Hiking the Jordan Trail, the Middle East's new cross-country trek
There is no surer way of getting to know a country than by slowly walking its byways and letting its landscapes unfold in front of you. Pilgrims have known for centuries that the longer you walk, the closer your relationship to the land, but it's only in recent years that the vogue for hikes of truly epic proportions has hit the travel scene.
From the Appalachian Trail in the eastern USA to New Zealand's island-spanning Te Araroa Trail, hikers are going big and going long. And now in the Middle East, there's a new opportunity to lace up your boots with the newly opened Jordan Trail.
For many travellers, Jordan has been a destination to visit for its epic history and landscapes, from the hidden ruined city of Petra to the dunes and canyons of Wadi Rum. It's a country with deep history but not perhaps one associated with hiking. The Jordan Trail, an epic 650km route that stretches the entire length of the country, is aiming to challenge that perception.
The trek runs from north to south and is a lesson in the astonishing diversity of Jordan. It begins at Umm Qais, a regional nexus point overlooking Israel and the Palestinian Territories, the Golan Heights and – on a clear day – distant Lebanon. The land here is soft and fertile, and farming villages dot the hills. You leave the roads behind and follow old paths through the forested Ajloun area, where an imposing hilltop castle built to defend the region from Crusaders still dominates the landscape.
Olive groves lead you through mixed Muslim and Christian villages. There's always a surprise over the next hill, from the serpentine lake held back by the King Talal Dam, to Fuheis where you can quench your thirst with a glass of Carakale beer at Jordan's only microbrewery.
As the trail winds further south, the landscape becomes drier and more starkly beautiful. Paths here take you past the Dead Sea and up and down a series of immense canyons that bisect the country. Wadi Mujib is the grandest of all at nearly a kilometre deep, but all are dotted with springs at their bases – ideal for cooling your feet in after a hard day's walking. Paths follow old Roman roads or the ancient King's Highway, traversed by merchants and pilgrims for millennia.
Each hike must have its centrepiece, and for the Jordan Trail it comes two-thirds of the way through the route with the stage from the Dana Biosphere Reserve to Petra. Starting in one of Jordan's best and most scenic nature reserves, it takes four days to wend its way along the little-trodden paths to the country's most iconic sights at Petra. Sometimes dubbed the 'Inca Trail' of the Middle East, it's a truly world-class hike.
The trek starts with impressive views from the curved sandstone cliffs above the reserve and then slowly descends down the long valley of Wadi Dana, taking in rich birdlife and chances to spot the elusive ibex. Today, the land belongs to the Bedouin families that still keep their flocks here. As you camp by the ecolodge at Feynan, celebrated for its innovative community outreach, you can spend time with the local nomads, taking part in a coffee ceremony or even trying your hand at herding sheep.
From Feynan, you hike through rocky desert and narrow gorges to Al Beidha, the site of the Nabatean ruins of Little Petra, where you can still see temples and cisterns cut into the living rock. At the close, you emerge from a dramatic chasm to be rewarded with your first view of Petra's fabled Monastery.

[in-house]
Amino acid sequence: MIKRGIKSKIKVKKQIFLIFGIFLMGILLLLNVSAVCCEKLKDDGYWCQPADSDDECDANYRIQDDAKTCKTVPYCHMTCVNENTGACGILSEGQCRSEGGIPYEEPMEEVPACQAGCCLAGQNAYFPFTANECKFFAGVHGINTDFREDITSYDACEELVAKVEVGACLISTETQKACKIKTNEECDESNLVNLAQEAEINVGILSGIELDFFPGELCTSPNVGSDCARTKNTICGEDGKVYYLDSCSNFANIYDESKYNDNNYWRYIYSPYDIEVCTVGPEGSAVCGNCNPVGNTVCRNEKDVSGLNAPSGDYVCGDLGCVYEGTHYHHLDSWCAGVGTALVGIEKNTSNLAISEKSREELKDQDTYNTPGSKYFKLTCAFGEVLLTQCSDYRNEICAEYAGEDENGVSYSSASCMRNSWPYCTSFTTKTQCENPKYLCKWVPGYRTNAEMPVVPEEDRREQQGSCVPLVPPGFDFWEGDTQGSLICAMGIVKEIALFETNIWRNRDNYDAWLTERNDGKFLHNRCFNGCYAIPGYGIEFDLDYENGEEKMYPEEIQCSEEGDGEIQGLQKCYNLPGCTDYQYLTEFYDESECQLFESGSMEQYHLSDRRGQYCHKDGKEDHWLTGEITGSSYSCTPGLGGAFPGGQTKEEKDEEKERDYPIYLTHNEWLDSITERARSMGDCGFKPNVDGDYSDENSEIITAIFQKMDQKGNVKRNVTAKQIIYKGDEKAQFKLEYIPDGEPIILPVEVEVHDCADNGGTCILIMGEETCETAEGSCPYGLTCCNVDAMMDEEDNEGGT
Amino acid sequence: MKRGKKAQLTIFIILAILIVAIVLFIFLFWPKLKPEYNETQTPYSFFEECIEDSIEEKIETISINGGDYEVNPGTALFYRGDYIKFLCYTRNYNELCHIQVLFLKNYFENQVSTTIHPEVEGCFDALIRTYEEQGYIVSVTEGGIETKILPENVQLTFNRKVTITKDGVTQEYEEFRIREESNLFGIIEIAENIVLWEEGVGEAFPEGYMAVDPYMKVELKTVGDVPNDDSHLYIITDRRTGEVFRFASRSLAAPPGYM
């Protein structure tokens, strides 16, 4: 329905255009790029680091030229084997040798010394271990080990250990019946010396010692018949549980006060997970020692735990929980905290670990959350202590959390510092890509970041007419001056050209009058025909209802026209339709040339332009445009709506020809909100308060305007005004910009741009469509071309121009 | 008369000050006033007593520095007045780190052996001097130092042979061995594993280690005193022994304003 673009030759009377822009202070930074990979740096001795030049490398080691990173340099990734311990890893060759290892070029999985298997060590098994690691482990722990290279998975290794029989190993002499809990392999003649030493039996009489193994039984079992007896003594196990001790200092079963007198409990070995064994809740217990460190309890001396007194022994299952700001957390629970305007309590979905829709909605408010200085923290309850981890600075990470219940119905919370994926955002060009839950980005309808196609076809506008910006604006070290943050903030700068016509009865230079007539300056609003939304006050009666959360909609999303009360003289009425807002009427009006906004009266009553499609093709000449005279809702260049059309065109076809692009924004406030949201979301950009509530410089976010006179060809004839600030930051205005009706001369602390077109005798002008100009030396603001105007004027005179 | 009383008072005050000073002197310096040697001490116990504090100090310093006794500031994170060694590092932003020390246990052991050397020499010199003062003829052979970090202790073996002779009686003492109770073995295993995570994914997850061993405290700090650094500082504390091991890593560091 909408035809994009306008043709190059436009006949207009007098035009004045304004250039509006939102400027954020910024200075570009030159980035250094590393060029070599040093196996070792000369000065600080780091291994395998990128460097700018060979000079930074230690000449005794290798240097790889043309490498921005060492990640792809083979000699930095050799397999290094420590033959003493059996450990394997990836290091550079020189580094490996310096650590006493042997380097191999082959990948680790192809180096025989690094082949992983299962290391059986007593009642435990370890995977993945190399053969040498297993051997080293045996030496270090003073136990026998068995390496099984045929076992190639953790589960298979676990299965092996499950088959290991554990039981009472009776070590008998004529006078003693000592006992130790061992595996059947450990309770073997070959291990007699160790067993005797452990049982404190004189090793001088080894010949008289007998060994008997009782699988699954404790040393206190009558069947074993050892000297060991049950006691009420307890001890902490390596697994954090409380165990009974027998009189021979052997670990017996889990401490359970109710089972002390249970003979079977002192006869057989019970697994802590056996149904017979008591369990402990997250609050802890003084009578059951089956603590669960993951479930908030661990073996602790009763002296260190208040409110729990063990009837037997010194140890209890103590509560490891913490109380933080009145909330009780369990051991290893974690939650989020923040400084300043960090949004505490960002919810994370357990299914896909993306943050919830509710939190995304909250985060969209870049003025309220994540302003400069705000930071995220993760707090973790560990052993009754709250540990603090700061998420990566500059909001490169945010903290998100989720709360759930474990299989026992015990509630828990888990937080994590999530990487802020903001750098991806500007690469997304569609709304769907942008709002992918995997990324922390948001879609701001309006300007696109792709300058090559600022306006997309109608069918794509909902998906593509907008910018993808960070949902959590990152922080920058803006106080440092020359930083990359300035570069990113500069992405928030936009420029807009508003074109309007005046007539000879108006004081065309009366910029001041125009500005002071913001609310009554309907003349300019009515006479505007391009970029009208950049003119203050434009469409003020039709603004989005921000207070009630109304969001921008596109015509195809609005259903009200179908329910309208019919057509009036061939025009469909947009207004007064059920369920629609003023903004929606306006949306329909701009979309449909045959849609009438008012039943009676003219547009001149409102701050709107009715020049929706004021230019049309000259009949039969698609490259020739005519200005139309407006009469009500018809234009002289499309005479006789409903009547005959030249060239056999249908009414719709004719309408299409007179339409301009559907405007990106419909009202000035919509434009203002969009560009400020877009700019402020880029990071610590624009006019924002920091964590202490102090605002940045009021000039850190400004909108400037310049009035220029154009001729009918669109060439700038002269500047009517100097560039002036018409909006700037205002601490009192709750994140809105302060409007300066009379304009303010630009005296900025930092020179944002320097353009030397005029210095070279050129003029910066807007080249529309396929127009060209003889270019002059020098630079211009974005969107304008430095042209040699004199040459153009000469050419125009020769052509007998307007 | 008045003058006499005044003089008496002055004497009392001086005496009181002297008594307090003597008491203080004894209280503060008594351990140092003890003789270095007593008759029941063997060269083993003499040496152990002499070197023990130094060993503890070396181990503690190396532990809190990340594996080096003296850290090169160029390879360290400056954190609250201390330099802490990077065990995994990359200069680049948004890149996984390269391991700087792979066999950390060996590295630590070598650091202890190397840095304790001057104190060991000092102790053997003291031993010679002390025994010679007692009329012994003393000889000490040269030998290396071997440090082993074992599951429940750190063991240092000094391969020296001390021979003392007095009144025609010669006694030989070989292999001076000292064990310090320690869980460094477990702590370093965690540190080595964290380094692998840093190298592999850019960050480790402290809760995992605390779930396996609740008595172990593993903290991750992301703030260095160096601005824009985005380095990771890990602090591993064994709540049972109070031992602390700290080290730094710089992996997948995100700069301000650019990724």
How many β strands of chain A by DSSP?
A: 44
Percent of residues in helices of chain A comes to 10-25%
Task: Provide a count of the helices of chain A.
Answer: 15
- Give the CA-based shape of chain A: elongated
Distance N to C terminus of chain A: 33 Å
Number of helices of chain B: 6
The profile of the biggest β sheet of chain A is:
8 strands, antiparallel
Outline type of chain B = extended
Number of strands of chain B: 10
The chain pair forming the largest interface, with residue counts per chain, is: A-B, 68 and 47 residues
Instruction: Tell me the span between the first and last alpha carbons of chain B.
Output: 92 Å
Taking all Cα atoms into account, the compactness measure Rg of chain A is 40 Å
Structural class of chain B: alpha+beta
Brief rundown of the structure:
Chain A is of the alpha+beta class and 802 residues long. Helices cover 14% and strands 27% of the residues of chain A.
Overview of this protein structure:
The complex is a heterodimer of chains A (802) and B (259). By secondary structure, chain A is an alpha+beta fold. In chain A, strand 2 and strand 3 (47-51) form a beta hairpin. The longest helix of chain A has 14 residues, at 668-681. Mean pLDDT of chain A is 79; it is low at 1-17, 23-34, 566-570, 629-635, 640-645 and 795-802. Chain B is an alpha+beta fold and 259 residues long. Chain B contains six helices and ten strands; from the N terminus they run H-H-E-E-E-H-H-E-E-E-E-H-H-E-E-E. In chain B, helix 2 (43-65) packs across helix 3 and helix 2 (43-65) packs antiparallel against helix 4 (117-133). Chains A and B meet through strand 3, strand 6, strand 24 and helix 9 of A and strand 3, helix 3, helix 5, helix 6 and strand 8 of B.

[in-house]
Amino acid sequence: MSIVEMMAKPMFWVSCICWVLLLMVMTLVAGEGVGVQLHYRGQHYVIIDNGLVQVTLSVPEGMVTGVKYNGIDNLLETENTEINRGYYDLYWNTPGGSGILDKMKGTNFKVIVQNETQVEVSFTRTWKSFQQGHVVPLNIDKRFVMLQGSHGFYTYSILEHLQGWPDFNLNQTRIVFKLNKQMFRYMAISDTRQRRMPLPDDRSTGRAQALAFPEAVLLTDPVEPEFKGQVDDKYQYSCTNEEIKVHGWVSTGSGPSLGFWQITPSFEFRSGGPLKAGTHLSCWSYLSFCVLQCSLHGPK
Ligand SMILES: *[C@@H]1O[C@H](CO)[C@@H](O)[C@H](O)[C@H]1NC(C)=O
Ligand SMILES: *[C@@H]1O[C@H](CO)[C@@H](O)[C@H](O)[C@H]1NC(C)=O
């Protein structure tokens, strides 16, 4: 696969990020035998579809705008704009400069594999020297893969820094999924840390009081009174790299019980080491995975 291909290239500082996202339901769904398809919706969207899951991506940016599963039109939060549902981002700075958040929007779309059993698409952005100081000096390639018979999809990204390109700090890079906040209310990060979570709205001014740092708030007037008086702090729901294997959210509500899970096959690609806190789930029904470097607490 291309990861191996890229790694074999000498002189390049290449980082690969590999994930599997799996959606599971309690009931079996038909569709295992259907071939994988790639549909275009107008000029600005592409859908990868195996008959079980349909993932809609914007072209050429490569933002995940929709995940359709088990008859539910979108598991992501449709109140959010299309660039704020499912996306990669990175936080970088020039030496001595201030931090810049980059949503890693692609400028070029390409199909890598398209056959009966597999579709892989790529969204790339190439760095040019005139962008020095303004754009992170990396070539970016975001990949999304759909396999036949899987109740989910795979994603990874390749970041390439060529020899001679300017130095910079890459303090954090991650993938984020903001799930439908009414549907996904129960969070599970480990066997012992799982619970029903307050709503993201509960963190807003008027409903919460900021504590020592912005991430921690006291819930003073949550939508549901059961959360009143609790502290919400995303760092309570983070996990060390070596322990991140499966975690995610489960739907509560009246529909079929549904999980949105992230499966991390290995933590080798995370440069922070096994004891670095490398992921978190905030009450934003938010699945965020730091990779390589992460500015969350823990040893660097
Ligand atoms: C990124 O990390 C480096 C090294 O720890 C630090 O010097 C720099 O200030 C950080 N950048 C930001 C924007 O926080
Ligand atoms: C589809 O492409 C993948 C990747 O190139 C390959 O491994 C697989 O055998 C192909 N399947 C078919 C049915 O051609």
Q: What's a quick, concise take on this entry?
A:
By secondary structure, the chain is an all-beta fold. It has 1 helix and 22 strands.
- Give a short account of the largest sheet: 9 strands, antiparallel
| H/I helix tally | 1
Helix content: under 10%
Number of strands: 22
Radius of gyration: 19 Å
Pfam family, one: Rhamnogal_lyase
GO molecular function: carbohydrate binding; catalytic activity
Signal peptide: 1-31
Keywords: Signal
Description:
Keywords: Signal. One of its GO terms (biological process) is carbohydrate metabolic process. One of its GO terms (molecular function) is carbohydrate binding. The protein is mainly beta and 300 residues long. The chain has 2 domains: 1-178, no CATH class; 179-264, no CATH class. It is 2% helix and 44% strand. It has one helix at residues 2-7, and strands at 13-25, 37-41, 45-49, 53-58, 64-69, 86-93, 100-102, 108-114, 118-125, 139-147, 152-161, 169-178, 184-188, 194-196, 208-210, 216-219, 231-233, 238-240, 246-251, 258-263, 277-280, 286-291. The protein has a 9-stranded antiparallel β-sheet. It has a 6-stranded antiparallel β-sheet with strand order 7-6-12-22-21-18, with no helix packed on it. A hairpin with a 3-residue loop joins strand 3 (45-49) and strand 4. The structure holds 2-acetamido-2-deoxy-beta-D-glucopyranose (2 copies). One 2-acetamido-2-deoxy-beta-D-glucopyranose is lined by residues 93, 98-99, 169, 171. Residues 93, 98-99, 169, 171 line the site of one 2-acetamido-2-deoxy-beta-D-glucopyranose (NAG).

At Petra you'll mingle with the tourist crowds, but the real enchantment of the Jordan Trail is escaping the modern world and listening to the beat of your footsteps a long way from passing traffic. The sound of your progress varies from the crunch of pine needles in the forests of the north, to the whispering sand dunes in Wadi Rum and – finally – the gentle wash of the Red Sea when you finally reach your destination at the Gulf of Aqaba.
In theory, the whole route can be trekked in one continuous 36-day stretch, but those who have completed the entire route suggest that seven weeks is a more practical option, as it allows for more rest days. And why hike past the Dead Sea if you're not going to go for a swim and soothe your muscles with a trip to one of its famous spas?
Of course, not everyone has the time or stamina to walk the entire length of a country, so the Jordan Trail is built of eight distinct legs, each around 80km in length and taking about four to five days to hike.
The Jordan Trail's website is packed with information for planning your hike (whatever the length), with maps, GPS coordinates and accommodation details about each stage from camping to village homestays that have been organised to spread the benefits of tourism into local communities. There's also information about through-hiking as well as contact details for local guiding companies.
If you're thinking of tackling the whole route, the volunteer-run Jordan Trail Association organises an annual through-hike, which takes place in March. It's one of the best months to be outside in Jordan, before the scorching summer, and it's a sociable way to walk, connecting with Jordan's outdoor adventure community.
Tourism in the Middle East has faced a tough ride since the 2011 revolutions, but Jordan – the perennial quiet spot in a noisy neighbourhood – has cannily started to promote itself as an outdoor adventure destination. The Jordan Trail is hoping to play a key role in changing the perception of the country, while proving that sometimes the best tourism experiences can also be some of the slowest ones, involving nothing as complicated or as beautiful as simply placing one foot in front of another and discovering where a new path will take you.
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